“Sol Invictus”, the latest album from the super influential, genre-busting Faith No More is not only a satisfying return to form, but an endlessly rewarding concept album that continues to refine and improve the signature sound the band began to pioneer more than 30 years ago.
As Faith No More had been on hiatus for about 18 years prior to the release of the album, there was much uncertainty about this forthcoming material. However, it is this author’s pleasure to announce that not only has Faith No More produced an album that belongs very much alongside the records they released lo these many years ago, but they have also produced what is their second or third greatest record.
Now, 18 years sounds like a lot of time. Listening to “Sol Invictus” however, one might believe that Faith No More somehow found a way to avoid the passage of time. The album sounds as if they never missed a step.
Beyond not missing a step, I would go a step farther, and argue that “Sol Invictus” is a concept album, and as such, possibly the most brilliantly conceived work the band has ever put forth. At least as a whole. By no means would I have the temerity to suggest “Sol Invictus” transcends “Angel Dust” in terms of importance. But could it be smarter and more polished?
I will suggest that perhaps the band put more thought into this record as a whole, than they did on previous releases. That more than a collection of the most recent batch of songs that the band has written, “Sol Invictus” was carefully crafted as an entire album.
The record opens with the title track. Roddy Bottum’s solitary piano welcomes the listener, quickly reminding us, who we are dealing with. One of the most distinguishing aspects of the music of Faith No More was their signature keyboard sound. Certainly, fans of the band were smiling the instant the first notes hit.
This first track is a bit of a throwaway. The band uses it as almost a theme song. A sort of sonic egress. They have built an archway of sound through which they invite the listener to leave the outside world behind, and accompany them on the trip they intend to take us on.
Next up is the second single off of the album “Superhero.” Not only is this jam a hard hitting, and attention grabbing way to get things started, “Superhero” also features the band at their most stereotypical. Rather than wallowing in the successes of the past however, this track serves more to remind people what Faith No More sounded like, before they take you down the rest of the road. The road through where Faith No More resides today.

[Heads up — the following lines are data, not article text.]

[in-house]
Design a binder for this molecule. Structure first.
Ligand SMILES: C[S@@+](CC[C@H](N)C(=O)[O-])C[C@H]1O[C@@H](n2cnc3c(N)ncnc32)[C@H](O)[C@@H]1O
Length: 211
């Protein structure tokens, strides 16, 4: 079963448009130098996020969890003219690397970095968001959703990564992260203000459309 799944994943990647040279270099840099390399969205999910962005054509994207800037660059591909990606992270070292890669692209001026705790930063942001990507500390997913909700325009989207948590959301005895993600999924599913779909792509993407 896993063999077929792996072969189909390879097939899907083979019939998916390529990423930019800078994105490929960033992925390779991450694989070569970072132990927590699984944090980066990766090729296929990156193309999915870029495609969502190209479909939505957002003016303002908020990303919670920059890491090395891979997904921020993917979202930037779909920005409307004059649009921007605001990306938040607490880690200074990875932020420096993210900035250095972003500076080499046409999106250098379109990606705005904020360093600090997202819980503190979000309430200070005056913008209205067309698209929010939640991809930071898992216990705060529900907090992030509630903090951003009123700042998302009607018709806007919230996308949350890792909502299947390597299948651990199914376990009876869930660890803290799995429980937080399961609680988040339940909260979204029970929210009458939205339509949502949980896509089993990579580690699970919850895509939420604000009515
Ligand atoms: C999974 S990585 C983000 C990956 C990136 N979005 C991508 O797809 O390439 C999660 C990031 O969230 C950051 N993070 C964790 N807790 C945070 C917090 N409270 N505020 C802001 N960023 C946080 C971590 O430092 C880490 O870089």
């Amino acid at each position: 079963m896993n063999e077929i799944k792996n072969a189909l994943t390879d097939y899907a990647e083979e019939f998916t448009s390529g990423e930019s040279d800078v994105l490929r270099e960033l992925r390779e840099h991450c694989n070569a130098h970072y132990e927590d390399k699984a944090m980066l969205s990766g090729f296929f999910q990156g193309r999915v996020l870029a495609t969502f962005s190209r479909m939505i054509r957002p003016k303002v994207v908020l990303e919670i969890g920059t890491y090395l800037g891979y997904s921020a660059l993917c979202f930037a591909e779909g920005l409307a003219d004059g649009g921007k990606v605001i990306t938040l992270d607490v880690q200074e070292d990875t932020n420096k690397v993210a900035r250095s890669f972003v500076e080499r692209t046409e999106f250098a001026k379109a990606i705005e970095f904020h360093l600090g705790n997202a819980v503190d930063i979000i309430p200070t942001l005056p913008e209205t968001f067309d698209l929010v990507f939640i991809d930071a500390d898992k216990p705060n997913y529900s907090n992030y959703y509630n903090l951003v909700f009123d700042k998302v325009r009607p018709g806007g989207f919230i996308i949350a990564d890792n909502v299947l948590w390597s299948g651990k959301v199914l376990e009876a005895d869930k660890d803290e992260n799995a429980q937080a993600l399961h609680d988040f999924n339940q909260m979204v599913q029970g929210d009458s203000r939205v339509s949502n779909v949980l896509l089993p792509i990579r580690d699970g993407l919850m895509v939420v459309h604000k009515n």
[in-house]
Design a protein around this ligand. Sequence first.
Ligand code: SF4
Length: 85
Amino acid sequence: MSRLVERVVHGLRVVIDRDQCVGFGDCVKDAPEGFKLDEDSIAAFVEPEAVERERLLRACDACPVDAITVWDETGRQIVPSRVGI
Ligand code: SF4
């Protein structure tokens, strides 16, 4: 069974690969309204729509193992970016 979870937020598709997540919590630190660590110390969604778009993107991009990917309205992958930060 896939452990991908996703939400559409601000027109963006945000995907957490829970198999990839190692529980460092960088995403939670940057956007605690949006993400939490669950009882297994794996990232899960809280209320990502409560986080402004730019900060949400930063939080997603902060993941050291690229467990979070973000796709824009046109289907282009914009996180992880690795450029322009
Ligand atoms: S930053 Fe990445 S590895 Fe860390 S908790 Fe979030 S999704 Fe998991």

“Sunny Side Up” is the third track, and third single from the record. This is where the record begins to truly soar. It is at this point on the record that one begins to become warm on the inside. Quite fittingly, I suppose.
This is the track that truly reignites one’s love affair with this incredible group of musicians. It is like one of those YouTube videos of a serviceman returning home from a tour of duty. The ones where they bring the dog to the airport, and the dog starts absolutely flipping out with joy, unable to contain its emotion, for it is so excited to see its friend again.
To be able to rekindle that fire; to have those flames of passion stoked within the furnace of your soul in a way they haven’t been in a long time … it’s a powerful force. A powerful force Faith No More wields with a powerful, yet deft hand.
By the time the one-two punch of “Matador” and “From the Dead” close out the album, I’m wiping tears from my eyes. How is this even possible? To have old friends, who were so important to me, come back to hang out, while armed with a selection of material as powerful and moving as “Sol Invictus”?
Too many times when bands of old get back together to do one last spin around the park, it is motivated by cash. In addition, these bands are typically a mere husk of what they once were when they get to that point. So how is it that Faith No More takes 20 years off, and returns more powerful, relevant, and amazing than they ever were?
Perhaps money wasn’t the first thing on their minds. That concept might be difficult to wrap one’s head around today, but it seems, at least to me, that it may be the case.
No matter the impetus, “Sol Invictus” is raw, brutal, touching, and thought-provoking. A modern masterpiece of skewed emotions, and questionable intentions. It subverts, and reinvents, as much as it is familiar and remedial. It’s just too bad there aren’t more artists who so blatantly refuse to allow themselves to become sedentary, even when they give themselves 20 years to do it.